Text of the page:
- The 13 disciples? This would probably not even be worth mentioning, had other reviewers not been critical of this fact. Mary Magdalene accompanies Jesus and His disciples—prompting some to criticize the inclusion of a “thirteenth disciple.” But the film never designates Mary as one of Jesus’ disciples. And most scholars would agree that Jesus’ immediate disciples weren’t the only ones who followed Him. Perhaps even the disciples’ wives (Peter was married—Matthew 8:14) came along. So Mary Magdalene’s prominent inclusion shouldn’t trouble us. It may even challenge us to look deeply at Jesus’ countercultural treatment of women.
Let’s return to our question: How much does the Jesus of this film resemble the Jesus of the Bible? Very much so, actually. Are there instances of creative license? Sure. But let’s not throw the baby out with the bathwater. The film was a compelling depiction of the life of Christ. None of the above examples alters Jesus’ central identity as the Son of God.
I agree with the conclusion of Martin Marty, who in an article for the Huffington Post writes:
“Biblical illiteracy is measurably and grossly high. While the main audiences will be the already-convinced people of faith, those surveys make clear that the story is not well known, certainly by the general public.”
If you stop and think about it, widespread literacy is a fairly recent development. Before the invention of the printing press, people relied on art to tell stories and convey meaning. Stained glass windows, for example, were often used to tell Biblical stories to those who lacked the capacity to read for themselves. Fast forward to today. Just as the printing press brought a revolution in the spread of information, so too has the World Wide Web. There are some who suggest that despite record sales of e-readers and e-books, we are heading toward a “post-literate” society. Films like The Son of God speak to the heart of a culture that has forgotten the Biblical story, and yet craves and thirsts for image. Roma Downey—one of the film’s producers, told ABC News:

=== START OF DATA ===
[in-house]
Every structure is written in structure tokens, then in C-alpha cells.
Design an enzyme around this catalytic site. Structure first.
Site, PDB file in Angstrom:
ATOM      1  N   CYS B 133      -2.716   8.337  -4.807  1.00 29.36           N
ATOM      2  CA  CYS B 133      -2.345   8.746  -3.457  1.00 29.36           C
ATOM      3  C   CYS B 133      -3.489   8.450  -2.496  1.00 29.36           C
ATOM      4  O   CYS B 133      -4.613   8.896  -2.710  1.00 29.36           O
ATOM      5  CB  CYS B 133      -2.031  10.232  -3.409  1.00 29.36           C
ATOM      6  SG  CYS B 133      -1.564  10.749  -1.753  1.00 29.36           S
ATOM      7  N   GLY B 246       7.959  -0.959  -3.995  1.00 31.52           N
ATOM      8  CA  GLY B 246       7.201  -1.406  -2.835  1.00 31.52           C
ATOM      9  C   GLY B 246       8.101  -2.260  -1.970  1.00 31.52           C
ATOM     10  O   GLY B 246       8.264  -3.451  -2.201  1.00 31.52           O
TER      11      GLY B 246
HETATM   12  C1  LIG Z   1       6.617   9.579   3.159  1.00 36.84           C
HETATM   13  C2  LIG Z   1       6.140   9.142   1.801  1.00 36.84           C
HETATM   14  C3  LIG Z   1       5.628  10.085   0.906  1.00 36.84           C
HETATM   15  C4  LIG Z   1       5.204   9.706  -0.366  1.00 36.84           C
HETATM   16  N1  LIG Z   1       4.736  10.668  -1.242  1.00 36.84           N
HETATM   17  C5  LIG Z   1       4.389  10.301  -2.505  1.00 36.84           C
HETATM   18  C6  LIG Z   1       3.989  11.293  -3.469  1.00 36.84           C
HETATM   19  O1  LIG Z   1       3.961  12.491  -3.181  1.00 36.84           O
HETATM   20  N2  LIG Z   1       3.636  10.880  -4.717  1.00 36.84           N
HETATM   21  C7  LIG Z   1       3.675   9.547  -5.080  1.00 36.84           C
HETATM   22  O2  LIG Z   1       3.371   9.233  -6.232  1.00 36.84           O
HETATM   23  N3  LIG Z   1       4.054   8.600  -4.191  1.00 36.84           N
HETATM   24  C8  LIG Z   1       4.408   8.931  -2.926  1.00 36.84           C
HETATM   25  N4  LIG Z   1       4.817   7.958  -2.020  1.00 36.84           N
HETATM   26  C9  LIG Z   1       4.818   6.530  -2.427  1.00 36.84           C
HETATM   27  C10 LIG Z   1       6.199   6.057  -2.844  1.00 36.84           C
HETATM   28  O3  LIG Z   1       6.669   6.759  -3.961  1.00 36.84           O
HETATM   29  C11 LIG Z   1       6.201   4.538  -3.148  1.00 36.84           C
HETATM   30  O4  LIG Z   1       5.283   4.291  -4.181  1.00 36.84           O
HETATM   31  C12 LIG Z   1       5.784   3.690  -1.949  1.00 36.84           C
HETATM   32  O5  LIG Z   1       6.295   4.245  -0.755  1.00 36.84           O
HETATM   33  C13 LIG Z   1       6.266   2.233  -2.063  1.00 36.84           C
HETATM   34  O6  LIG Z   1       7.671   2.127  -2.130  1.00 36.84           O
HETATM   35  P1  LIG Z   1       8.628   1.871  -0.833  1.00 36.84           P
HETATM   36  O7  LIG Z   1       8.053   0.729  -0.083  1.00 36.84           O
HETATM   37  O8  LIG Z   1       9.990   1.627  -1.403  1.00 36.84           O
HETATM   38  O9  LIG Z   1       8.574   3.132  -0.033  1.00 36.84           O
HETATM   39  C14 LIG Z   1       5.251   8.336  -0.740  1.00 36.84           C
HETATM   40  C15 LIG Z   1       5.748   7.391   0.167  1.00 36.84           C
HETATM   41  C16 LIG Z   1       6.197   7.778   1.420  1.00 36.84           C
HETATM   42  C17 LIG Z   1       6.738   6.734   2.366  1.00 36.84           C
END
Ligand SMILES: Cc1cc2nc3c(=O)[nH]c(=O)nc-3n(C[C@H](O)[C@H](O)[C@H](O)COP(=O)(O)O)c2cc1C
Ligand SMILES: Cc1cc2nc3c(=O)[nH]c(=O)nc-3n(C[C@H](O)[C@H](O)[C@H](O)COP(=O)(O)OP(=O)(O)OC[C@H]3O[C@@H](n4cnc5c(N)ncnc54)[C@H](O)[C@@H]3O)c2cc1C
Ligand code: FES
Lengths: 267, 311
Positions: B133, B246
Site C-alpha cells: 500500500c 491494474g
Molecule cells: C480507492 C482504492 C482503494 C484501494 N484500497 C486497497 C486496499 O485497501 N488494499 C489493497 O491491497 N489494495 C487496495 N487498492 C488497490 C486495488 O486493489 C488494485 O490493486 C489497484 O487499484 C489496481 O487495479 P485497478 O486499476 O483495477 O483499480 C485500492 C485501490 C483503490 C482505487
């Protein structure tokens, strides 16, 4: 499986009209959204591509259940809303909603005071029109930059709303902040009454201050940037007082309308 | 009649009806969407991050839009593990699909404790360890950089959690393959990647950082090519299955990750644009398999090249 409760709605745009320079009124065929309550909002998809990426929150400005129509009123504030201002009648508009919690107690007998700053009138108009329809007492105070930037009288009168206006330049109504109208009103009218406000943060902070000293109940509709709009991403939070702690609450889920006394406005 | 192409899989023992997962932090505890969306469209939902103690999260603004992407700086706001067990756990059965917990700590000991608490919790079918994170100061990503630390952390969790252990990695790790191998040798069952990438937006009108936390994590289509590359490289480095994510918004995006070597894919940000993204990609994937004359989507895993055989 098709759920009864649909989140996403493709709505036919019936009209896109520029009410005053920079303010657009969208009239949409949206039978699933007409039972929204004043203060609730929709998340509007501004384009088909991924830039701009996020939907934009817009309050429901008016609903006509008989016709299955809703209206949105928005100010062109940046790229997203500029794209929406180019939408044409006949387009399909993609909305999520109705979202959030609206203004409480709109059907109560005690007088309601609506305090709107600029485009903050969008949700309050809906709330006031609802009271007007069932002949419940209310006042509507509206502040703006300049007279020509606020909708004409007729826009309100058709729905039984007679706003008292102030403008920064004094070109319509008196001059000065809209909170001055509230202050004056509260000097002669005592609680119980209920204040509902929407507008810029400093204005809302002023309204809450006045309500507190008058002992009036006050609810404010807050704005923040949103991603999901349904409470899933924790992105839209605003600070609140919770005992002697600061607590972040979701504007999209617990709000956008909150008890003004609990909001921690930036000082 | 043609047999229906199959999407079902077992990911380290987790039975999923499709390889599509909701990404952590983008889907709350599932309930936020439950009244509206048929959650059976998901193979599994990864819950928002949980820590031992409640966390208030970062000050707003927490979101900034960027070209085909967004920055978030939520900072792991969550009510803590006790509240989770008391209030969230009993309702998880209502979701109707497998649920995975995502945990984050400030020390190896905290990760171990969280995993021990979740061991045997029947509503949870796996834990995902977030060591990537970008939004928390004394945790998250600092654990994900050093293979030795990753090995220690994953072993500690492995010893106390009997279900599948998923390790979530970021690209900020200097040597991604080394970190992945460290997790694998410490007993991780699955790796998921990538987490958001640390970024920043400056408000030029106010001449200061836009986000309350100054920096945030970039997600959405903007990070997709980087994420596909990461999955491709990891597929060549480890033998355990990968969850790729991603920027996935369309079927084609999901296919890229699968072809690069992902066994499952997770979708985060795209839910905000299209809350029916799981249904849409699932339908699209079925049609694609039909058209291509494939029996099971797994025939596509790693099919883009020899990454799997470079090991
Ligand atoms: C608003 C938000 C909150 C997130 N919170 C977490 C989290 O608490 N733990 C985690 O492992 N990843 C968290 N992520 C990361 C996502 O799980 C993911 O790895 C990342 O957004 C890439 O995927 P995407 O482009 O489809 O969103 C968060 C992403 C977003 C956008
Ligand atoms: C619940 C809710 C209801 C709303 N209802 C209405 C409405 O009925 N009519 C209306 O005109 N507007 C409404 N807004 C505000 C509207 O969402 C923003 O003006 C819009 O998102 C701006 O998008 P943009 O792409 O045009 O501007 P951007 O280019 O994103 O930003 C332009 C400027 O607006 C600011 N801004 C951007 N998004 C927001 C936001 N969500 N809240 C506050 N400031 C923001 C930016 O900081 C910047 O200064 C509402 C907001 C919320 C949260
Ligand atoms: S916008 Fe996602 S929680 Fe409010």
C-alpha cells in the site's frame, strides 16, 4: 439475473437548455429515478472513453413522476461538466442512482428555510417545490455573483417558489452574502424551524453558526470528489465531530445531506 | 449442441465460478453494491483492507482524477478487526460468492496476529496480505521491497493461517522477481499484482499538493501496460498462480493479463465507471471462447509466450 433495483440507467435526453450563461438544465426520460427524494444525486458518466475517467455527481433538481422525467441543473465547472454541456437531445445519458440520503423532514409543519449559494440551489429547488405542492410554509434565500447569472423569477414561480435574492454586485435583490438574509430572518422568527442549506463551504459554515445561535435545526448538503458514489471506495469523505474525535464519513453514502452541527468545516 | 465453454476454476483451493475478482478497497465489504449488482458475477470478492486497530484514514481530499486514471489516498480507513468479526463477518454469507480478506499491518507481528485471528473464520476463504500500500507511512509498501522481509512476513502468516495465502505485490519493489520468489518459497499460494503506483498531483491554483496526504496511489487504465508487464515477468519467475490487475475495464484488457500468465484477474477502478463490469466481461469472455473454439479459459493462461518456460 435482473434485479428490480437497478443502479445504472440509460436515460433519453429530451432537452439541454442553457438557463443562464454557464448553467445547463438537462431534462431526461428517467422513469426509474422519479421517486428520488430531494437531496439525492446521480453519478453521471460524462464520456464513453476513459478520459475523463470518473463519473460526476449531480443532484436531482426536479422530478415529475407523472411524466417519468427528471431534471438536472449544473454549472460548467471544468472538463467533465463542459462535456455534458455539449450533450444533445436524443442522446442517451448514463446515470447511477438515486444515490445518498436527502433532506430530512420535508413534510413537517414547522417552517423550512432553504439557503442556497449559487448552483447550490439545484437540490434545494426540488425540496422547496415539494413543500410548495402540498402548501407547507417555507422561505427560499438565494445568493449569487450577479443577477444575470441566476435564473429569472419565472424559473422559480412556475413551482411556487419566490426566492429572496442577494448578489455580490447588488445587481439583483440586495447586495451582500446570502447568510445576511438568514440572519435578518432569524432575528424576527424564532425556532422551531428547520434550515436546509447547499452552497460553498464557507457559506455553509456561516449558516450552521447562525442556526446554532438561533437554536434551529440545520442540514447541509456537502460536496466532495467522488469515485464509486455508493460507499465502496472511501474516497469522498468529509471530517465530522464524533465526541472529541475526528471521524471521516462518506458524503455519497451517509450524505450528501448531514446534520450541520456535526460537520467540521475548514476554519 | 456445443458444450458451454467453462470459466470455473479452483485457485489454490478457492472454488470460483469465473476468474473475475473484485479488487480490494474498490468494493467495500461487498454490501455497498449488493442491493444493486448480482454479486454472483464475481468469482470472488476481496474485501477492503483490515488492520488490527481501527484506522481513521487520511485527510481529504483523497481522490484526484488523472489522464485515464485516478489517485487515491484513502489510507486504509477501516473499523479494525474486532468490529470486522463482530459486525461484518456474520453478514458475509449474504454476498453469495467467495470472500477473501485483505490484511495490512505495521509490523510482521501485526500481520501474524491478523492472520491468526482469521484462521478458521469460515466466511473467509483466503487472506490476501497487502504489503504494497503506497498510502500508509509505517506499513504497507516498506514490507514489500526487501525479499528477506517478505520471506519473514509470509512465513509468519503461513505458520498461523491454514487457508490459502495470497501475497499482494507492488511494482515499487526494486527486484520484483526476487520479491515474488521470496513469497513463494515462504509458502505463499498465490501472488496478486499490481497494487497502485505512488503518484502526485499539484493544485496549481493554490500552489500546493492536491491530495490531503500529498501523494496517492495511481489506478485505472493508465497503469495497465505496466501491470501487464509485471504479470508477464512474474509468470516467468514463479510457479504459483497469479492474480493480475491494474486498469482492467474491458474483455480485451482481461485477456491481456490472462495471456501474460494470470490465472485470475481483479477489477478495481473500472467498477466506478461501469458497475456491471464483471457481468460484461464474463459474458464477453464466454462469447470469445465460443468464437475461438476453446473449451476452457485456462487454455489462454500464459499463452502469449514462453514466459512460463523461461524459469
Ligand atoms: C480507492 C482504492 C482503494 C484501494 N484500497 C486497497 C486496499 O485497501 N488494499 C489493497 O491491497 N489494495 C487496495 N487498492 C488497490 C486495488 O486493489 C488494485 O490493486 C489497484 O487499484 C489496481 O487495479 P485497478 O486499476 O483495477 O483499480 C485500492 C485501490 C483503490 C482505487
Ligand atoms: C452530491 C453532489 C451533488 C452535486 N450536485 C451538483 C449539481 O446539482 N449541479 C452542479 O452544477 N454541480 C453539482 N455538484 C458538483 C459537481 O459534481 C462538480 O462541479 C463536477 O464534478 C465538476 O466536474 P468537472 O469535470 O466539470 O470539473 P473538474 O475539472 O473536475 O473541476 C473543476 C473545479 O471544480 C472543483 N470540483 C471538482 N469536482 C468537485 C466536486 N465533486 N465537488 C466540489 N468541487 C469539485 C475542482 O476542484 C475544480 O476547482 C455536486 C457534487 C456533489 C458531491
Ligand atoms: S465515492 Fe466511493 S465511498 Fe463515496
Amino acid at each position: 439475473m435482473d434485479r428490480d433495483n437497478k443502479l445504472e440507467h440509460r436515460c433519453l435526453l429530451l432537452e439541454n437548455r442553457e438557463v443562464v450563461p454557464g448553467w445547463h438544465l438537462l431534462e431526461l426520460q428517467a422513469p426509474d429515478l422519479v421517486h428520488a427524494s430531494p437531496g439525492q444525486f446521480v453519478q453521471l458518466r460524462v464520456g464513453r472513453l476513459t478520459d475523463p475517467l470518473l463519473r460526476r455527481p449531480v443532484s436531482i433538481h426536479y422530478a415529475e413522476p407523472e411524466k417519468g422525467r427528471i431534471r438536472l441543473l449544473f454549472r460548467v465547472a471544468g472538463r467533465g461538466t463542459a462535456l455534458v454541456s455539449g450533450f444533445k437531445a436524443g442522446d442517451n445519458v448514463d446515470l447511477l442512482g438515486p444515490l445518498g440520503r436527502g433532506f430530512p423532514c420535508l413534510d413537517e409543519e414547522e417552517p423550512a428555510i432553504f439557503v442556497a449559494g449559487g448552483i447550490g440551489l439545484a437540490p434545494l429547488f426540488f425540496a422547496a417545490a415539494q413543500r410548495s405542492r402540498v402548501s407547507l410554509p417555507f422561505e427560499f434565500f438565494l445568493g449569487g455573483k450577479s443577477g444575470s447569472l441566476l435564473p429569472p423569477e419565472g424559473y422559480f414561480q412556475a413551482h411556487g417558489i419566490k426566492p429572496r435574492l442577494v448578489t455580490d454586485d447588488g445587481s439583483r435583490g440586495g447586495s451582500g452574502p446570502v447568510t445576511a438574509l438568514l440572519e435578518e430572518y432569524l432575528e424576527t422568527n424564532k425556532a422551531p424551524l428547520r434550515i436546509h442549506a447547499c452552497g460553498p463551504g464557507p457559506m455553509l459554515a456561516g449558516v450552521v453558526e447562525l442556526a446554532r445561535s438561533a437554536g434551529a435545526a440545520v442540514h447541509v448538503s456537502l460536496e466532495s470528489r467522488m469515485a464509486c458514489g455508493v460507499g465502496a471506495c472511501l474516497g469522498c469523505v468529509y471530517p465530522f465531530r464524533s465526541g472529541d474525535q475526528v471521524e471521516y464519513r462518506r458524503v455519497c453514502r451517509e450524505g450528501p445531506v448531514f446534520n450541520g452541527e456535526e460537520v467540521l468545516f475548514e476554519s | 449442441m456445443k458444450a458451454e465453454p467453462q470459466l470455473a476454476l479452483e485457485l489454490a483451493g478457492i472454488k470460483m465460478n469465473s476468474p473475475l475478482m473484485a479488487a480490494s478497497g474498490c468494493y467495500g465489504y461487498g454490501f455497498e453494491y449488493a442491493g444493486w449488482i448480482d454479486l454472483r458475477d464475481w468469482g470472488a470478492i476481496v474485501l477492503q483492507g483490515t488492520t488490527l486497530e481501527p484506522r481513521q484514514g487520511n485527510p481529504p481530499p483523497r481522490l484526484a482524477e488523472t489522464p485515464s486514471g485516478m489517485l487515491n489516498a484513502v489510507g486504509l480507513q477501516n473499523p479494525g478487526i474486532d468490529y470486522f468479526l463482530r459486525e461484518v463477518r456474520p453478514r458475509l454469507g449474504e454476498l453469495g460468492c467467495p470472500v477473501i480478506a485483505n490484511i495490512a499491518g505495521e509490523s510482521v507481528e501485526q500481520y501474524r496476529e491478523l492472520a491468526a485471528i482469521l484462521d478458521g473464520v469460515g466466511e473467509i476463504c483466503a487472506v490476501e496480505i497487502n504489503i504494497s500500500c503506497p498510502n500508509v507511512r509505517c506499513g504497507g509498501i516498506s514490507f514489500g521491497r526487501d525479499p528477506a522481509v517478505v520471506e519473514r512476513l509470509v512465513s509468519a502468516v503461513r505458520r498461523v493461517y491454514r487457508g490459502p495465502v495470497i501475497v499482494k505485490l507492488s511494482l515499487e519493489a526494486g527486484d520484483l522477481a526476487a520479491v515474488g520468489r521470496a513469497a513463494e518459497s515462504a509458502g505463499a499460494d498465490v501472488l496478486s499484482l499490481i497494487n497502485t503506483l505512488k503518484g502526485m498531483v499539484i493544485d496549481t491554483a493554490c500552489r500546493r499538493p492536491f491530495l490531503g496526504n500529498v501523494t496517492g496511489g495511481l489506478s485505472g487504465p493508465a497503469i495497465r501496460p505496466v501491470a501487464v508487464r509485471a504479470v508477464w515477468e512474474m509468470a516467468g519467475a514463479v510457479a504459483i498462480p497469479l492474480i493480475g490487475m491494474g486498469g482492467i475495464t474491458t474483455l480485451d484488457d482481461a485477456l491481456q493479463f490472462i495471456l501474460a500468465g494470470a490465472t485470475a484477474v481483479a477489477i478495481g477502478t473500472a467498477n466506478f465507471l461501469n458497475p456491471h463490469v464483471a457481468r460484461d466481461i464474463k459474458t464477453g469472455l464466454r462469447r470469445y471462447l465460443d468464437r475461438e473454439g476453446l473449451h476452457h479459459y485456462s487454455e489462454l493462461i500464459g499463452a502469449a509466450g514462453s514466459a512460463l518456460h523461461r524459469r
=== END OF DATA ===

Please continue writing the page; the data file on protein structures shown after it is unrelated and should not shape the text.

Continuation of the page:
“We’re aware that many people learn through visual storytelling…And for so many people, people who don’t go to church, people who maybe have never read the Bible, this movie…will be the first time that they hear and see the story of Jesus come to life.”
True, there are many reviewers who suggest that the film “preaches to the choir” on one level or another. But perhaps that’s half the point. In the book of Acts, a man named Philip encounters a man reading the story of Jesus as told through the prophet Isaiah. “Do you understand what you are reading?” Philip asked. “How can I,” the man replied, “unless someone explains it to me?” (Acts 8:31). Our culture—nay, our friends, our families, our neighbors, our children—they will see this film. They may not absorb its total message. It’s up to us to ask the question: “Do you understand what you are seeing?” Because how can they, unless we explain it to them?